Thanks for the historical material - both the photos and commentary. Fascinating stuff - and it's always great to be able to see some history that's not behind a velvet rope, encased in plexiglas, and locked up in a museum!
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Old 04-18-2009, 11:30 AM   #9
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Great report and photos!
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Old 04-18-2009, 11:34 AM   #10
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cool ride
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Old 04-18-2009, 11:35 AM   #11
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Very nice
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Old 04-18-2009, 12:00 PM   #12
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Thank you for the report. The historical details about the Ironworks were fascinating.
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Old 04-18-2009, 12:34 PM   #13
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I love ride reports that bring history to light! Thanks for sharing!!!
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Old 04-18-2009, 02:45 PM   #14
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Excellent ride report! Great looking Ultra!

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Old 04-20-2009, 06:05 AM   #15
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Yesterday, Ronnie, Jerry and I visited the John H. Kerr Dam.

John H. Kerr Project
John H. Kerr Project was built by the U.S. Army Corps of Engineers, Norfolk District, and is now operated by the Wilmington District.
Construction was authorized by the seventy-eight Congress on 22 December 1944, with work commencing in March 1947. Completion date was early 1953.
The primary functions of John H. Kerr Project are flood control and production of hydroelectric power. The Project also provides benefits such as wildlife resources, forest conservation, and public recreational uses. Besides the control of floods, the project provides other benefits downstream from the dam through the regulation of flows for pollution and maintaining river levels for fish spawning. Twenty feet of storage is reserved for flood and is designed to control the largest flood on record.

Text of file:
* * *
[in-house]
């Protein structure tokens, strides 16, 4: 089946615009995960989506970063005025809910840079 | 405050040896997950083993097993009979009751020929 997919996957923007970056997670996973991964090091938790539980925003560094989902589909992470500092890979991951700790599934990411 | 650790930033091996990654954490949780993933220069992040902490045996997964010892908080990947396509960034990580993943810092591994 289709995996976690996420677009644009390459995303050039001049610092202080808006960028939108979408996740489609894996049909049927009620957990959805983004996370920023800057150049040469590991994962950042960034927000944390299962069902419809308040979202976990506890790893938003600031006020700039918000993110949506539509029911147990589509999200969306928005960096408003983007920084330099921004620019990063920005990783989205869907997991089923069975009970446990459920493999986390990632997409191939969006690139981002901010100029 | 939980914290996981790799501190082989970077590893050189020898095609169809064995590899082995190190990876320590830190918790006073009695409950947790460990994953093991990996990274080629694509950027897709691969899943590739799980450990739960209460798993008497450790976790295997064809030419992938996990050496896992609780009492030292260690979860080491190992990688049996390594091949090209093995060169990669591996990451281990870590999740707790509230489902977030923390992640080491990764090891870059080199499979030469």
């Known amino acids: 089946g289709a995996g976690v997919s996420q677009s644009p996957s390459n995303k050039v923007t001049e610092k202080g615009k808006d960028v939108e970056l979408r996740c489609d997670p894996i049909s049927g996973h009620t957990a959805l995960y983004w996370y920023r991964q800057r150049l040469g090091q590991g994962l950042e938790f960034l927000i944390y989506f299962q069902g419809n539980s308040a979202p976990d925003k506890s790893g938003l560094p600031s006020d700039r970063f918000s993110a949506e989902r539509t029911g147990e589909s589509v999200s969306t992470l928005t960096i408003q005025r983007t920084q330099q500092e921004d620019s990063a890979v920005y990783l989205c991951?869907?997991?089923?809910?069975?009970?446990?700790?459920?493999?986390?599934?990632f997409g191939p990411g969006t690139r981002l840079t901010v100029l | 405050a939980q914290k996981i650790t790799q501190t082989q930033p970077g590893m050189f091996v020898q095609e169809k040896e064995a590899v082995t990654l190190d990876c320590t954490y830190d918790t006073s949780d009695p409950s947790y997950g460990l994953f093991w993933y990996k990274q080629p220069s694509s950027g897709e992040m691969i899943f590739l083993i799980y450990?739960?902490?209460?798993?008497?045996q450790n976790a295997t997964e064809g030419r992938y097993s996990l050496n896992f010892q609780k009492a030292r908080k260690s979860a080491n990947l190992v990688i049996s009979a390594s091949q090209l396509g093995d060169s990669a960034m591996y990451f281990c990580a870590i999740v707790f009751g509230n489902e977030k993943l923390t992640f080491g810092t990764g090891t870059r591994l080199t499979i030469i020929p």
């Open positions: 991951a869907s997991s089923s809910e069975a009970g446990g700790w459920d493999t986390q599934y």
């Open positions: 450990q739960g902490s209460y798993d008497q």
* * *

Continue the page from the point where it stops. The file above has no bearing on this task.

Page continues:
Kerr Dam generates an average of 426,749,000 kilowatt hours per year, which is sold to local power companies for local consumption. Since construction Kerr Dam has prevented over $385,638,000 in downstream flood damages.
At the beginning and early stages of construction, the project was called Buggs Island Lake. Buggs Island is the name of the Island immediately downstream from the dam and was named after Samuel Bugg, an 18th century pioneer. The name of the project was changed to John H. Kerr Dam and Reservoir by the eighty-second Congress in 1951. John H. Kerr was a Congressman from North Carolina who was instrumental in Congress authorizing the construction. The site was selected for the strong solid granite foundation needed to support the heavy concrete and the availability of rock for construction.
The John H. Kerr Project consists of a dam, powerhouse, and switchyard. The Dam is of the gravity type composed of the spillway, intake, and non-overflow sections, an earth-fill wing, and saddle dikes. It was built in 53 sections called monoliths. The joints between the monoliths were sealed to prevent leakage.
A grouting tunnel was built in the dam from end to end following the contour of the bedrock. In this tunnel, holes were drilled into the bedrock and concrete was forced under pressure to fill all cracks and crevices in the rock and between the rock and concrete. Drilled Holes were left open to relieve any water pressure that may seep between the concrete and rock. The tunnel also removes any leakage between expansion joints. Total leakage into the tunnel averages between 7 to 10 gallons per minute.